Conservative speaker, diverse membership in Scouts
Oliver North’s appearance at a fundraiser for the local council of the Boy Scouts of America was a resounding success when measured in purely fiscal terms. The Old North State Council netted more than $225,000 for the program that serves almost 10,000 children over several counties in central North Carolina.
But some scouting participants have expressed concern that the choice of North ‘— a decorated Marine who masterminded an illegal arms trading scheme in the 1980s ‘— indicates a partisan shift in the organization. During his speech, North described the Scouts as a group increasingly under fire by encroaching secularism and moral relativism. North requested donations specifically to fund the legal battles that have cropped up against the Scouts in the last few years.
After a brief introduction describing his current job as the host of Fox News’ ‘“War Stories,’” North launched into his major theme.
‘“We are indeed living in very strange times,’” North said. ‘“We are at war with fierce and brutal adversaries who hate us for our faith, for our freedom and for out Judeo-Christian ethics. But we are also under attack by our fellow citizens who want us to embrace their value systems.’”
At one point he earned resounding applause from audience members who had paid hundreds of dollars for their seat inside the Koury Convention Center meeting room.
‘“In God We Trust is our national motto, not a right wing political slogan,’” North said. ‘“The decision was made to adopt it as such because our founders believed in God. If it is good enough for our coins and bills, why is it not good enough for our boys?’”
Even those who have reached the Boy Scout’s highest levels have not necessarily echoed the agreement expressed at the Friends of Scouting banquet. Matt Bostick, an Eagle Scout from Oak Ridge, Tenn., said that his scout troop did not emphasize Christianity.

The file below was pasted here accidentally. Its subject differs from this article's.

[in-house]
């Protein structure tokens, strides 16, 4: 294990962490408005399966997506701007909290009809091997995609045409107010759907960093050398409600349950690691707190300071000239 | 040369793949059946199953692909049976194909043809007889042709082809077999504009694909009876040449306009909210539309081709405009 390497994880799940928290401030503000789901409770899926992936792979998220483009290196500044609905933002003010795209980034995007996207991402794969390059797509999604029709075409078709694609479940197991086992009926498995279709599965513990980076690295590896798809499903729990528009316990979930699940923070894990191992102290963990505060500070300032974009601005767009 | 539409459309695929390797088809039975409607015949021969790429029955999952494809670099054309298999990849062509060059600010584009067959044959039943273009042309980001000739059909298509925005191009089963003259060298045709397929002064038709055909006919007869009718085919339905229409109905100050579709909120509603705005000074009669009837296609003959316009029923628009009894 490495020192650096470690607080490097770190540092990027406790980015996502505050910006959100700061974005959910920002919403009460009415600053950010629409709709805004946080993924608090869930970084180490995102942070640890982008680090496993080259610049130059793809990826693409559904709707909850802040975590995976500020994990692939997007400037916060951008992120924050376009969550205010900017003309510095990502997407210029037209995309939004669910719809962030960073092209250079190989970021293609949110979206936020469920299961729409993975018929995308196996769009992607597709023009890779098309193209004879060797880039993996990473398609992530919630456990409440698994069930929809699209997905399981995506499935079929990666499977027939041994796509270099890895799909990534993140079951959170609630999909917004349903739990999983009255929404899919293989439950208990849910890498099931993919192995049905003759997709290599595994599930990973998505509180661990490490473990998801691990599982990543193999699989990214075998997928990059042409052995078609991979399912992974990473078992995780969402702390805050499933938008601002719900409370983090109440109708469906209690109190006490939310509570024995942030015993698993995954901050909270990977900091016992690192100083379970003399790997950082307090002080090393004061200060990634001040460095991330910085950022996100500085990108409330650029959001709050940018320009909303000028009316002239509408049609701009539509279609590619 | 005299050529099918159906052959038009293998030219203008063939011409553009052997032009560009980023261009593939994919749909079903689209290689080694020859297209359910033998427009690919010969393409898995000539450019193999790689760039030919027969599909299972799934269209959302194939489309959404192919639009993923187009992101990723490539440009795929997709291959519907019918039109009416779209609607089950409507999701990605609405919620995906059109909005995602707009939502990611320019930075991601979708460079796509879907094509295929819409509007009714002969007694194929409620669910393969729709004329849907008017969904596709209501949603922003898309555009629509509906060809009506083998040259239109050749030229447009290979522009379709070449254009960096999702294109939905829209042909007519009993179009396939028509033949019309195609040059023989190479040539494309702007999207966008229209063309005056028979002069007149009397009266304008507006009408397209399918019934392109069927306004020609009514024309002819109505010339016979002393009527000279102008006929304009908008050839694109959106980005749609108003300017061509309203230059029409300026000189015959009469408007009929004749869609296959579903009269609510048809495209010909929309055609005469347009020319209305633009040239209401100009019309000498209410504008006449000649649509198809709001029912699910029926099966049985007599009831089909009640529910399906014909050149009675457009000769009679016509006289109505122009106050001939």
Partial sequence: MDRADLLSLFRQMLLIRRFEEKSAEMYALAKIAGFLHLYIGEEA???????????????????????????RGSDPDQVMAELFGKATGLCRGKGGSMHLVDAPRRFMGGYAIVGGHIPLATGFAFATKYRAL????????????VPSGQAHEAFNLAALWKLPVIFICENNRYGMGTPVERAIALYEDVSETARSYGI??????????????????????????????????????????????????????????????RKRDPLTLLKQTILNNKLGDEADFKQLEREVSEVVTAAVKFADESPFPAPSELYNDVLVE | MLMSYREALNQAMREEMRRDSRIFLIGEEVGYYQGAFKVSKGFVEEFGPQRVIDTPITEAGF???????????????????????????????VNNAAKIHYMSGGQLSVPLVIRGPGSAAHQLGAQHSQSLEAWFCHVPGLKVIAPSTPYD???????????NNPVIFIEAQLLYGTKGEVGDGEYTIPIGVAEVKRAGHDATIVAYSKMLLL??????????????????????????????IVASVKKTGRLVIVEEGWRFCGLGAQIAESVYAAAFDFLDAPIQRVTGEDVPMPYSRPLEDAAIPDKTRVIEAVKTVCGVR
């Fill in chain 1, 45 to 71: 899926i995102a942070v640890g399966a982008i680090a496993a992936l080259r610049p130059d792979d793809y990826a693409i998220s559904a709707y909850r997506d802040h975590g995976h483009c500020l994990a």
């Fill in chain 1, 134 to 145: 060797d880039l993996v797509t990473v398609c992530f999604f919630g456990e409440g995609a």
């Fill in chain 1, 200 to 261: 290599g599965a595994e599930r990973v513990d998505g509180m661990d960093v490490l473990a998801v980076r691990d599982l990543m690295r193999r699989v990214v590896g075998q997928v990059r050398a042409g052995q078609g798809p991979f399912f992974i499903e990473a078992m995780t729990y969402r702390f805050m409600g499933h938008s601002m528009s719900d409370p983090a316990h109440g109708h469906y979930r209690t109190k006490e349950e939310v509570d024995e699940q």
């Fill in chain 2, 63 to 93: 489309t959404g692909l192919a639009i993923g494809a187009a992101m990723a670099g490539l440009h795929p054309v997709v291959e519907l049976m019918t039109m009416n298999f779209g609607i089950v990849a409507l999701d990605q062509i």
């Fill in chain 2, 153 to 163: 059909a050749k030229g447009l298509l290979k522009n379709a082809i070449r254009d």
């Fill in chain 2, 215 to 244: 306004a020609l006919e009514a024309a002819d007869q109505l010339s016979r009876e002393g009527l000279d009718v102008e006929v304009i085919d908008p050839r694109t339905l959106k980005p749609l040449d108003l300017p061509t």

He belonged to a boy-run troop that amended the required belief in God into a belief in something. That allowed an avowed atheist to earn his Eagle by defending his faith in math.
He dismissed the notion that the ideology of the organizations leaders filtered down to members. Mark Dixon, a third-generation Eagle Scout, also said that members of his Chapel Hill troop worried more about their immediate concerns than conforming to the organization’s ideology.
‘“We would see scouts from the Old North State Council at various events,’” Dixon said. ‘“But stuff like foreign affairs and scandals are not on your minds so much when you’re kids. You’re more worried about how to build a bridge.’”
Increasingly the Boy Scouts have been excluded from public facilities because of concerns about the group’s religious nature. The group supports the rights of those who don’t share the Boy Scouts beliefs and desires to create a politically neutral environment for its members, according to a position paper on the website of the national council.
During his speech, North belied the neutral positions described on the national council website, instead pitting the Boy Scouts against Osama bin Laden.
‘“Those critics of scouting, the ones who say it’s anachronistic,’” North said, ‘“they should remember another charismatic leader who took a handful of young men under his wing and taught them how to hate and kill. Now contrast what these 19 men had learned with what thousands of young men in the Boy Scouts learn: respect for others, life, country and community.’”
Dixon said the most important skill he learned in the Boy Scouts was how to work with others. He said the group is a lot like a religion where the message is filtered through churches.
‘“It depends entirely on who’s administering that format,’” he said. ‘“In my troop there was very little emphasis on a Christian sort of spirituality.’”
Oliver North is an unfortunate representative for an organization that positively influenced his life, Dixon said.
‘“He’s a pretty dramatic representation of the fascist side of the scouts,’” he said. ‘“He’s a criminal in my mind.’”
That said, Dixon said he does not think that the Boy Scouts have turned into an ideological organization.
‘“It’s something I’ve thought about a lot,’” he said. ‘“If I had a boy, would I encourage him to join the Boy Scouts? I think I probably would, but I would be really hesitant to send a kid of mine off to the Old North State Council.’”
To comment on this story, e-mail Amy Kingsley at email@example.com